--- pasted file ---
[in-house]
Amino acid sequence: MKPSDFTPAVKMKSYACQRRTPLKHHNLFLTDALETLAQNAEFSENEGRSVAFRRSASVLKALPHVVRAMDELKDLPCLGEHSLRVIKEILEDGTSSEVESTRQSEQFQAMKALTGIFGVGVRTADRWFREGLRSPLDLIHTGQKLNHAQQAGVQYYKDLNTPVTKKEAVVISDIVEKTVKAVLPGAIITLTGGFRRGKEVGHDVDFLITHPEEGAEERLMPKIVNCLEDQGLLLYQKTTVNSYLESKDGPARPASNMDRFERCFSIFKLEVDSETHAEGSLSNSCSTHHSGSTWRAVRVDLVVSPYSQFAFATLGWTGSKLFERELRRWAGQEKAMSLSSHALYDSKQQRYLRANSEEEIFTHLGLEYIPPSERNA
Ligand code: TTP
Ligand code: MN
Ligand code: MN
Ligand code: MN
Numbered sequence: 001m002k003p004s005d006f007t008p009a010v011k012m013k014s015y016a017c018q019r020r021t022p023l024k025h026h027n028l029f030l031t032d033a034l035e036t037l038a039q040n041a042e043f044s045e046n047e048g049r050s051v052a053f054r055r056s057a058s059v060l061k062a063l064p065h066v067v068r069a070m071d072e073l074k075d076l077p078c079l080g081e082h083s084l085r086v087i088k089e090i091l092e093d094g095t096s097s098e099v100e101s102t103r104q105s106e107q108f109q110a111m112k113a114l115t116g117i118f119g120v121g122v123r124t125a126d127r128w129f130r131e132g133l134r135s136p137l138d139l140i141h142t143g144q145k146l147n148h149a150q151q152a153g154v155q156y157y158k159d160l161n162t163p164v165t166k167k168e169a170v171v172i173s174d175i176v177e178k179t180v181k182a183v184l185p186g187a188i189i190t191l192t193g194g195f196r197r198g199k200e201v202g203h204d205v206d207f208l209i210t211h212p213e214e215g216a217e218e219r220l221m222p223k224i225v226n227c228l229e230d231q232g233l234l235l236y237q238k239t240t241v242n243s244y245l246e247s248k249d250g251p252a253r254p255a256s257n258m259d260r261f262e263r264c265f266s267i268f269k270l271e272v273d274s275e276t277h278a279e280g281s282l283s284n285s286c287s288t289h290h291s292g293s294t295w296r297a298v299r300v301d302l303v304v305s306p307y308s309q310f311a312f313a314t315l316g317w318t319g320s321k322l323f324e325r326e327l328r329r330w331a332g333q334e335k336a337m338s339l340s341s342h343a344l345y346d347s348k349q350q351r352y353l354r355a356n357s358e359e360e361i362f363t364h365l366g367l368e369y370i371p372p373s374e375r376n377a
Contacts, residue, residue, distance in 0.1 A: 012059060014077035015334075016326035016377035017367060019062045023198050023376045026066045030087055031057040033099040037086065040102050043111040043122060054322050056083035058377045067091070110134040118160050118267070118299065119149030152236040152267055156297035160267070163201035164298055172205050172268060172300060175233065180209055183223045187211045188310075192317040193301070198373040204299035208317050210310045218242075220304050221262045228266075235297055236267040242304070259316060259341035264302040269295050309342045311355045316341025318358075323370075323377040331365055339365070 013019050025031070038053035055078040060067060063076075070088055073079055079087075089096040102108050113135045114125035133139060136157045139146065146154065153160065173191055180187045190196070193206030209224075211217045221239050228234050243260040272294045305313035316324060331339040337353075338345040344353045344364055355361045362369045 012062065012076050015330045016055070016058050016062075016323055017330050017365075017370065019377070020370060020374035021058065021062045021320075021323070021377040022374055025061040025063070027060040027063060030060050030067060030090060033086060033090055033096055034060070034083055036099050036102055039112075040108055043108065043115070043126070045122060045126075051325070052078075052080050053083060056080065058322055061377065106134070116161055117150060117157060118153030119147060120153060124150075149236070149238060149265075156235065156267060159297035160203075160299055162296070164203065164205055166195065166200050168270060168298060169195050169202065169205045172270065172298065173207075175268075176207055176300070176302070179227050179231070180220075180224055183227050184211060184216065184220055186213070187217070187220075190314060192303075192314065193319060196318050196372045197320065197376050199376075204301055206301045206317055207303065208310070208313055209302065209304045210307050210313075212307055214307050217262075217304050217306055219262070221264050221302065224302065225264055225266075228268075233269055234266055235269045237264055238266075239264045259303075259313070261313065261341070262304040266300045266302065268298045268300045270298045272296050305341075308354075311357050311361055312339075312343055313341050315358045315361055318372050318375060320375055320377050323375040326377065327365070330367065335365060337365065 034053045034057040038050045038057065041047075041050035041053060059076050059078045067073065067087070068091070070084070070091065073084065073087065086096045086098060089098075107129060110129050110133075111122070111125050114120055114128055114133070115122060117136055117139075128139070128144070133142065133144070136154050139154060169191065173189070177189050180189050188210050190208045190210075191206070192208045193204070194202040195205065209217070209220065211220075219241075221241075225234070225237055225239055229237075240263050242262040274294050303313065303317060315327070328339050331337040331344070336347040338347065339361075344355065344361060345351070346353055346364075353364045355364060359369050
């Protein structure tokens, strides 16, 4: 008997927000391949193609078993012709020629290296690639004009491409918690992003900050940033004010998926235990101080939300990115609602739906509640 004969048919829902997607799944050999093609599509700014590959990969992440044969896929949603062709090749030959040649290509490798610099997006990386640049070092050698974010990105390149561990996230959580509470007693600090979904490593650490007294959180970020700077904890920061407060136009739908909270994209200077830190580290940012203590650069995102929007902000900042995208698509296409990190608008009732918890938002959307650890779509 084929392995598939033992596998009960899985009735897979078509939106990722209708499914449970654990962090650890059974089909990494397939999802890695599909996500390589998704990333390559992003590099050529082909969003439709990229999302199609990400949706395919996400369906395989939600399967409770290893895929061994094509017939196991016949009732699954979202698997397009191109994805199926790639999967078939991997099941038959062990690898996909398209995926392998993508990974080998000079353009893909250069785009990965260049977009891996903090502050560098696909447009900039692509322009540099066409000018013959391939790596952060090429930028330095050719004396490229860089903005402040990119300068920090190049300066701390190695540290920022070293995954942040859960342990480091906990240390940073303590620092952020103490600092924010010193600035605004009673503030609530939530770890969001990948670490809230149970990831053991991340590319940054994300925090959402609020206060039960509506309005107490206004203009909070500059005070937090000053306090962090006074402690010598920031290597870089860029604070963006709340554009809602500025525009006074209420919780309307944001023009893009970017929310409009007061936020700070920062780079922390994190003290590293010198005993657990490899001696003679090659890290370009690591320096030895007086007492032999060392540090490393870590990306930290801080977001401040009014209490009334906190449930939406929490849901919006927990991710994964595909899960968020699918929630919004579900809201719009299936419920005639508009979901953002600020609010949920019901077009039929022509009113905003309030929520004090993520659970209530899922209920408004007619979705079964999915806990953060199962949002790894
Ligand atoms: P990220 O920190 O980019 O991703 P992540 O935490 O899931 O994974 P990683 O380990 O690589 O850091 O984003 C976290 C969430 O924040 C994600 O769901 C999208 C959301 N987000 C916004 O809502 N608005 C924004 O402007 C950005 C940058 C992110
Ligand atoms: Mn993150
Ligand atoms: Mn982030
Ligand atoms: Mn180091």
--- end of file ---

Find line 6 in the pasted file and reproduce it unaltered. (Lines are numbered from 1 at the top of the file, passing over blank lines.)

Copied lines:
Ligand code: MN